In 1950, Publix opened a 125,000-sqft warehouse and office complex. The building was lauded as the most modern structure of its kind nationwide, due to its art deco-inspired design and hyper-efficient warehouse space.
Lakeland closed out the ‘50s with a modernized hospital. Formerly known as Morrell Memorial Hospital, the structure was replaced with a new facility and given a new name — Lakeland General Hospital.
👔 1961-1969 | Nathan’s Men’s Store, Southside Cleaners, and the Florida Retirement Residence Hotel
Nathan’s Men’s Store made the corner of Main Street and Kentucky Avenue its home in 1961 after nearly 20 years in business. It would operate there until its 2020 closure, after nearly 80 years of serving “dads and lads.” Now, the site is home to Wauchula State Bank and Banquet61.
The Southgate sign isn’t the only landmark on South Florida Avenue. The Southside Cleaner’s sign, known for its witty sayings and inspiring quotes, went up at the intersection of Florida Avenue + Cresap Street in 1962 after the Myers family opened their dry cleaning operation. Marge Myers, the family matriarch, penned many of the sayings and oversaw the sign until her death in 2015. Today, it’s still a noteworthy part of many Lakelanders’ commutes.
Roughly 30 years after being built, the New Florida Hotel was converted into a senior living facility and dubbed the Florida Retirement Residence Hotel. Today it’s known as the Lake Mirror Tower Apartments.
Just down the street, Munn Park was also being renovated in 1964 to include new paths, covered pergolas, and landscaping.
Pub sub fans, this one’s for you. In 1967, Publix renamed its meat and cheese department to The Delicatessen. While this rebrand might not seem like history in the making, it would lead to the addition of grab-and-go hot meals and sub sandwiches, which have changed our beach days forever.
Lakeland wrapped up the 1960s in fashion. A 1969 fashion show hosted by the Lakeland Chamber of Commerce showed off the digs of the decade, and we’d be lying if we said we didn’t wish we were there.
⛄ 1970-1979 | Mayfaire, time capsules, and Lakeland’s snowy day
The 1970s were marked by the prioritization of community initiatives, like revitalizing downtown Lakeland’s buildings, parks, and landscaping. In 1971, the Doodlebug, a self-propelled railroad car, stopped serving Lakeland after 30+ years of providing passenger and mail service.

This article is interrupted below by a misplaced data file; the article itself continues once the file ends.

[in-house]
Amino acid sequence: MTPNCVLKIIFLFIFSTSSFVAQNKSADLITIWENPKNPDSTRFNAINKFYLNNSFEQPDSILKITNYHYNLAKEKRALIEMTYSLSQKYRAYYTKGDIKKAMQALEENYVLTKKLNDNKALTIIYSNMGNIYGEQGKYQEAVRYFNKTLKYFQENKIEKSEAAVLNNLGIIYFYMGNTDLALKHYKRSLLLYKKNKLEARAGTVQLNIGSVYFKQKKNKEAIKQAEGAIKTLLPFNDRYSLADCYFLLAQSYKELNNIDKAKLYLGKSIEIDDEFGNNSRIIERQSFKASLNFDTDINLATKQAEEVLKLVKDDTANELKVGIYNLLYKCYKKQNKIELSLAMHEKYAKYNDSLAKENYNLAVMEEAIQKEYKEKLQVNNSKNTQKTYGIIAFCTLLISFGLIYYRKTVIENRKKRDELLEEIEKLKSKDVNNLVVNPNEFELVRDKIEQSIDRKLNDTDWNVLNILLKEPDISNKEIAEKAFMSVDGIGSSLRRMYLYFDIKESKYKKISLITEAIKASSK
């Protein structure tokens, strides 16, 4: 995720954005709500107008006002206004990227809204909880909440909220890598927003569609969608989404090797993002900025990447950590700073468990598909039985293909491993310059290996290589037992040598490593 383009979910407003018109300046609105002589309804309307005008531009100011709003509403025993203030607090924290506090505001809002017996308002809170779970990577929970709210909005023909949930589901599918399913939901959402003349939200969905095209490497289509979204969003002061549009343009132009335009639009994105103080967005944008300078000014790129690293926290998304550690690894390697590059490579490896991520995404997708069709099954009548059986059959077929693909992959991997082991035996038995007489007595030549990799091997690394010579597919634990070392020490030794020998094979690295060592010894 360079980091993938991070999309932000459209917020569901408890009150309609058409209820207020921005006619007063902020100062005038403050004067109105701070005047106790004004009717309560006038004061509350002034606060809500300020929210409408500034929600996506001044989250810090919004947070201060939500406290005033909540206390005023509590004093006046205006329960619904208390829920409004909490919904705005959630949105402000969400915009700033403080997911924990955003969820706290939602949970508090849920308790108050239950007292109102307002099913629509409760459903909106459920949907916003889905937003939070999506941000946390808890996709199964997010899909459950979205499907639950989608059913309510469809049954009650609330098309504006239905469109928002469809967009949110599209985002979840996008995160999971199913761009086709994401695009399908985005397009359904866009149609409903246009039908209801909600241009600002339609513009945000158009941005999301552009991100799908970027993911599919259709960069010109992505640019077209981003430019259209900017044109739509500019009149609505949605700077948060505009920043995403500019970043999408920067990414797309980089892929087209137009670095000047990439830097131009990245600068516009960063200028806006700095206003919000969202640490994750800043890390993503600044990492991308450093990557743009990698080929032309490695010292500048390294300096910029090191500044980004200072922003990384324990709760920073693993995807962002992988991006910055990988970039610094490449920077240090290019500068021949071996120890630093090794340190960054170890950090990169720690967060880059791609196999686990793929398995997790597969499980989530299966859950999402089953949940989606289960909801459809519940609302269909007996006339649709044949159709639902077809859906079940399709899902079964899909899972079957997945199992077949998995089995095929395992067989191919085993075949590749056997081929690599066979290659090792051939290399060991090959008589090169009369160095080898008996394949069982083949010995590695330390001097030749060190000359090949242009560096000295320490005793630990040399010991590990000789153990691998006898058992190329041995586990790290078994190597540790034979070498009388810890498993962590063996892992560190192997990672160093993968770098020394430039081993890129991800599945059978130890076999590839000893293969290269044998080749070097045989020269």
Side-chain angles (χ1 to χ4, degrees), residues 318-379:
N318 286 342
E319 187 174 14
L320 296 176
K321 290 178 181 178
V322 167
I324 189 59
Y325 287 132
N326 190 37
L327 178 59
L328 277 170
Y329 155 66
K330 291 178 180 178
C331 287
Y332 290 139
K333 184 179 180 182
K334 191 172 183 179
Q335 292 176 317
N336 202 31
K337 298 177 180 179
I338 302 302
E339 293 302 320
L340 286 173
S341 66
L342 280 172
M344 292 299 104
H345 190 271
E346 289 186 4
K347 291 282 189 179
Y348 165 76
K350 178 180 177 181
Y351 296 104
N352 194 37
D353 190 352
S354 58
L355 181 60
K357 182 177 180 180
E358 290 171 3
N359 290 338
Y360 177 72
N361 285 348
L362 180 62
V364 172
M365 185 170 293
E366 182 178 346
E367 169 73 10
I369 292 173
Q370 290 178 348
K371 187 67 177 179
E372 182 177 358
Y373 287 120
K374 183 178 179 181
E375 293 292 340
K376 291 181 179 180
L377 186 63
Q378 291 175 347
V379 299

Dr. John S. Jackson became Lakeland’s first Black mayor in 1972. Prior to the historic election, Dr. Jackson was also Lakeland’s first black surgeon + city commissioner. Later that year, Mayfaire by-the-Lake began as a small craft fair. At its inception, the annual arts festival (now one of the largest outdoor art festivals in the state) was hosted on the Lakeland Public Library’s front lawn, facing Lake Morton.
Speaking of the arts, what we now know and love as the Lakeland Community Theatre (121 S. Lake Ave.) was once the Lake Mirror Center (and eventually the Lakeland Civic Center). In 1974, the City of Lakeland opened the Lakeland Center (now known as the RP Funding Center) at 701 W. Lime St. The original Lake Mirror facility was preserved to host community theater performances, while the Lime Street property was designed for large-scale concerts and gatherings. Just two years later, Elvis Presley returned to Swan City to perform at the new venue on Sept. 4, 1976.
The King wasn’t the only historic event to happen at the RP Funding Center in 1976. Just a few months earlier, a time capsule was buried near Gate 6 and marked with a statue called “Infinity” by sculptor Al Kriston. It’s set to be opened on July 4, 2076.
Lakelanders rang in the new year of 1977 with a rather unique experience (at least, at this latitude). On Jan. 19, 1977, Swan City enjoyed a few inches of snow. The following year, The Kress Building on Kentucky Avenue (originally a five-and-dime store) closed in 1978. It would reopen 20 years later in 1998 when it was purchased by the Explorations V Children’s Museum (now Florida Children’s Museum). Today, the building’s future is yet to be announced, but not for long.
Did we miss your favorite moment of the 1970s? Share your memory with us, we wish we were there.